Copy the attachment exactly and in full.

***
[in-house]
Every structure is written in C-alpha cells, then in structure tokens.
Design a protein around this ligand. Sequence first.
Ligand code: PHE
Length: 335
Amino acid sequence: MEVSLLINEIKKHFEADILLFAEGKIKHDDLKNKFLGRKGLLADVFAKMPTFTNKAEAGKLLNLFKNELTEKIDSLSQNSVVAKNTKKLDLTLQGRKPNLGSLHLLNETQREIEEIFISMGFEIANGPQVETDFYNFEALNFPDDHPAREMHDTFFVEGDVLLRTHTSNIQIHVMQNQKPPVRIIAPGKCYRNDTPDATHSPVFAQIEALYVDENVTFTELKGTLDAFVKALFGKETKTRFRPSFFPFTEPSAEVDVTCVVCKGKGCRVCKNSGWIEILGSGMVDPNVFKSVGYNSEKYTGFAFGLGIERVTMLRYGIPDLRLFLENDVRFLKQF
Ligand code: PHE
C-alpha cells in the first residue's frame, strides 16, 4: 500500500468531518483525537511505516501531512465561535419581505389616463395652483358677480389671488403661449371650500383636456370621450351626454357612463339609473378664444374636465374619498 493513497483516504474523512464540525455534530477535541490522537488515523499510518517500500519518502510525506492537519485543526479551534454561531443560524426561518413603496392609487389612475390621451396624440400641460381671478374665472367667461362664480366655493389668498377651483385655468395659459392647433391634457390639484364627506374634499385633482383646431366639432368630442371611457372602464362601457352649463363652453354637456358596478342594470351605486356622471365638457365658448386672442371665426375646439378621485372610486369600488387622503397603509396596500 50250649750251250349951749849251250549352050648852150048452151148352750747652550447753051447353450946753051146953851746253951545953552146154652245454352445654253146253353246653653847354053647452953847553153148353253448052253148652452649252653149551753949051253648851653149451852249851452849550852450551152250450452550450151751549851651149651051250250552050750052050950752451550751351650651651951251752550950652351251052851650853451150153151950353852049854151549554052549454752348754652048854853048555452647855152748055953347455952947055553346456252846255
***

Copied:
[in-house]
Every structure is written in C-alpha cells, then in structure tokens.
Design a protein around this ligand. Sequence first.
Ligand code: PHE
Length: 335
Amino acid sequence: MEVSLLINEIKKHFEADILLFAEGKIKHDDLKNKFLGRKGLLADVFAKMPTFTNKAEAGKLLNLFKNELTEKIDSLSQNSVVAKNTKKLDLTLQGRKPNLGSLHLLNETQREIEEIFISMGFEIANGPQVETDFYNFEALNFPDDHPAREMHDTFFVEGDVLLRTHTSNIQIHVMQNQKPPVRIIAPGKCYRNDTPDATHSPVFAQIEALYVDENVTFTELKGTLDAFVKALFGKETKTRFRPSFFPFTEPSAEVDVTCVVCKGKGCRVCKNSGWIEILGSGMVDPNVFKSVGYNSEKYTGFAFGLGIERVTMLRYGIPDLRLFLENDVRFLKQF
Ligand code: PHE
C-alpha cells in the first residue's frame, strides 16, 4: 500500500468531518483525537511505516501531512465561535419581505389616463395652483358677480389671488403661449371650500383636456370621450351626454357612463339609473378664444374636465374619498 493513497483516504474523512464540525455534530477535541490522537488515523499510518517500500519518502510525506492537519485543526479551534454561531443560524426561518413603496392609487389612475390621451396624440400641460381671478374665472367667461362664480366655493389668498377651483385655468395659459392647433391634457390639484364627506374634499385633482383646431366639432368630442371611457372602464362601457352649463363652453354637456358596478342594470351605486356622471365638457365658448386672442371665426375646439378621485372610486369600488387622503397603509396596500 50250649750251250349951749849251250549352050648852150048452151148352750747652550447753051447353450946753051146953851746253951545953552146154652245454352445654253146253353246653653847354053647452953847553153148353253448052253148652452649252653149551753949051253648851653149451852249851452849550852450551152250450452550450151751549851651149651051250250552050750052050950752451550751351650651651951251752550950652351251052851650853451150153151950353852049854151549554052549454752348754652048854853048555452647855152748055953347455952947055553346456252846255